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Why did my soldering iron explode?

I just replaced the tip of my TC201 iron (on a WTCPS soldering station), with a new PTA8 tip, and went downstairs to get some coffee.  *BANG*  I ran upstairs to see what had happened and found my soldering iron laying across the workbench a half meter away from the soldering station (not on the stand), and frantic investigation located the PTA8 tip near the station (it bounced off the stand) and the copper insert (the heat-conducting element) a quarter meter away from the soldering station.

So why did my soldering iron's tip explosively separate?  What the heck?


The PTA8 soldering tip is now in two pieces instead of one.

Extra Details: The 800 degree tips have been burning out every 12-18 working hours (estimated), which makes me think that perhaps the (temperature-controlled) iron is running too hot.  The 700 degree tips last longer but still deteriorate.  I wouldn't know the expected life since I've been working as a hobbyist for about 9 months now.  Tip life might also be short for this reason (http://www.inlandcraft.com/uguides/tipcare.htm):

  1. Keeping the tip clean is important but constantly wiping it on a wet sponge can cause early tip failure. Excessive wiping causes the tip temperature to drastically rise and fall and the different metal layers in the tip to repeatedly expand and contract. This cycling leads to metal fatigue and ultimately tip collapse. The more frequently you wipe the tip, the more you stress it.

Pictures: Burnt tips

Pictures: Close-Up


soldering_explosion_1.JPG97.56 KB
soldering_explosion_2.JPG59.03 KB
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DSC_2258.JPG94.89 KB
DSC_2260.JPG69.73 KB

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Hmm. Soldering irons that explode should probably be replaced. If you had been sitting in front of that thing when it went off...

If the soldering iron is within its manufacturers warrenty, I'd suggest you contact them for a replacement. Or just buy a new one.

It seems unlikely to me that the bad switch caused your problem. It's failure may be more of a symptom. Be wary of replacing it, because it may just blow up again; maybe you won't be so lucky next time and you'll get hurt.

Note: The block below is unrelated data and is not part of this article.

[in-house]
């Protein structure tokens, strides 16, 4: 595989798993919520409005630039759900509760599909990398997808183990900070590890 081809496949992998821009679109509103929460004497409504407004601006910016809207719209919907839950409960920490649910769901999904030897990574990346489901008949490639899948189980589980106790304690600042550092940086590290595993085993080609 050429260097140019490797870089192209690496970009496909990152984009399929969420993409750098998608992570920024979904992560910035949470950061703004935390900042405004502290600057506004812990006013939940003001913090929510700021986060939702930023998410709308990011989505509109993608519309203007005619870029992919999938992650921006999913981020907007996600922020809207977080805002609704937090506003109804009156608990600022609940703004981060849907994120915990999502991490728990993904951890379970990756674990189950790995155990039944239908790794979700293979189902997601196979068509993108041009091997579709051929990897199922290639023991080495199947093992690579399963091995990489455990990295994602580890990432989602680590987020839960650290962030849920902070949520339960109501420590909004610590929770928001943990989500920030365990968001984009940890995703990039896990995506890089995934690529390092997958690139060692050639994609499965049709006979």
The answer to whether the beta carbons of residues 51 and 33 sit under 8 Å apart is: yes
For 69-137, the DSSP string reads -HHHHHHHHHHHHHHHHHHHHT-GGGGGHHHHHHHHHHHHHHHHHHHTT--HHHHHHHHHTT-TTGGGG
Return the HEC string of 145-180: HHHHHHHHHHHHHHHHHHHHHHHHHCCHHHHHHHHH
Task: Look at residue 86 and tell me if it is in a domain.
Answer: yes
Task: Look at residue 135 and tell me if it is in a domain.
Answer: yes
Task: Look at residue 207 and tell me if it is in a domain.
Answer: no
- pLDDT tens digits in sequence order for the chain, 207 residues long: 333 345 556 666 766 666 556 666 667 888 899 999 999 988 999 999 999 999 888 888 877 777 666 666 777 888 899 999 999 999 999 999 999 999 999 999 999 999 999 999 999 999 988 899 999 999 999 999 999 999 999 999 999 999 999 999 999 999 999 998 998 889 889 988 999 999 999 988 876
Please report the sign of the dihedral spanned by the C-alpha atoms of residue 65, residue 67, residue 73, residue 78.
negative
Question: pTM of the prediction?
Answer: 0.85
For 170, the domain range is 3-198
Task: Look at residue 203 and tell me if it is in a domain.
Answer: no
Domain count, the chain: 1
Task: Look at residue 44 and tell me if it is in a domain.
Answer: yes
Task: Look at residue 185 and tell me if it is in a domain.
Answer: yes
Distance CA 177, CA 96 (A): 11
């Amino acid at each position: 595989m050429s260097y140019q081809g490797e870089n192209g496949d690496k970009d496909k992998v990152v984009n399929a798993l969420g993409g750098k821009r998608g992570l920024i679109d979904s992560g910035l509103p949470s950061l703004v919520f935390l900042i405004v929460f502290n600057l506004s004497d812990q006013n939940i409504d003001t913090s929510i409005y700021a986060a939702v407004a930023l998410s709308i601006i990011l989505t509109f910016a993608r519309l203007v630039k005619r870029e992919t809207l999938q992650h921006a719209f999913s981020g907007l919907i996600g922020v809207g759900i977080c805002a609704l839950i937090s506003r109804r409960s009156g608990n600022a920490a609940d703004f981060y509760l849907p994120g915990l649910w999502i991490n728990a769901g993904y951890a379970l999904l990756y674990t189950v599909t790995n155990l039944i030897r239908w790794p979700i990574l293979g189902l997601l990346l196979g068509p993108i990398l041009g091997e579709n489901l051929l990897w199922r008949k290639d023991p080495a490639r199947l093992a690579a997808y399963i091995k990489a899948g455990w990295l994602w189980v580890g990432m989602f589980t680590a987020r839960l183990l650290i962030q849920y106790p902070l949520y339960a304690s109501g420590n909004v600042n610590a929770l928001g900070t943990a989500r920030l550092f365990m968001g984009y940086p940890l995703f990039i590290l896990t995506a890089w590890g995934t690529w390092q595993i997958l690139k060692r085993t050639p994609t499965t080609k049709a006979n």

Be careful out there.

double post -- deleted

Apparently, my TC-201iron is missing parts and cannot (never could) use the magnetic/mechanical temperature control.  I suspect the iron was jury rigged to account for a missing part.  I now know why the tips burned out so quickly -- there was no temperature control, and no "click" of the magnetic mechanism. 

I guess the cause of the explosion may have been moisture/pressure in the tip, coupled with unregulated heating.  My wife suggests I buy a new iron, since it's cheaper than jury rigging the iron once more, then seeing a doctor if the iron explodes while I have my face near it.  There is wisdom in that.

John_NY----rather you than me - those tips do look like bullets though - they are magnetic if i remember - looks like a gas build up in the Tip chamber - even maybe water or something trapped in the enclosed space........ i take it this was brand new!!!
Yup -- the tip was brand new, right out of the package.   I find myself wondering if humidity could get through the sealed plastic and through the tip and somehow condense inside ...

It looks like I may be in the market for a new TC201 iron (or some replacement parts) if the base is still working -- the iron stopped heating after the explosion.  Since the tip is lasting << 8 years it is probable that the iron was malfunctioning.

Thank you for the help -- getting started, I don't know what sort of performance to expect so it's hard to know when something goes wrong unless it goes *BANG* :)


(looks like there are some options to try to fix it: http://www.action-electronics.com/wewtcpt.htm)

sure enough, the switch is broken:

Quick Check-Remove the switch and put DMM across the wires in continuity mode. Place the solder tip against the end of the switch. You should get continuity and hear the switch "click". If not switch needs replacing.

Mouser has the SW-60 in stock, so I have it queued for my next order.  The soldering iron I use has a the switch wired in with twist-on connectors (http://en.wikipedia.org/wiki/Wire_nut), so it's trivial to replace the part.

It looks like you have a Magnetic temparature controlled type soldering iron.....

- ie when you heat a magnet it loses it magnetism - the soldering iron-tip has a magnet in its base- it is normally in contact with the heating element - it heatsupheatsupheatsup until it loses its magnetism and then falls off the heating element and cools down untill it regains its magnetism again - with this type of iron you can hear it making a subtle click every now and then.

These guys are pretty "Bomb" proof (excuse the Pun) mine lasted more than 8 years and still the tip was in good shape......

Could be a problem with the sleeve that screws over the heating element - maybe its alignment........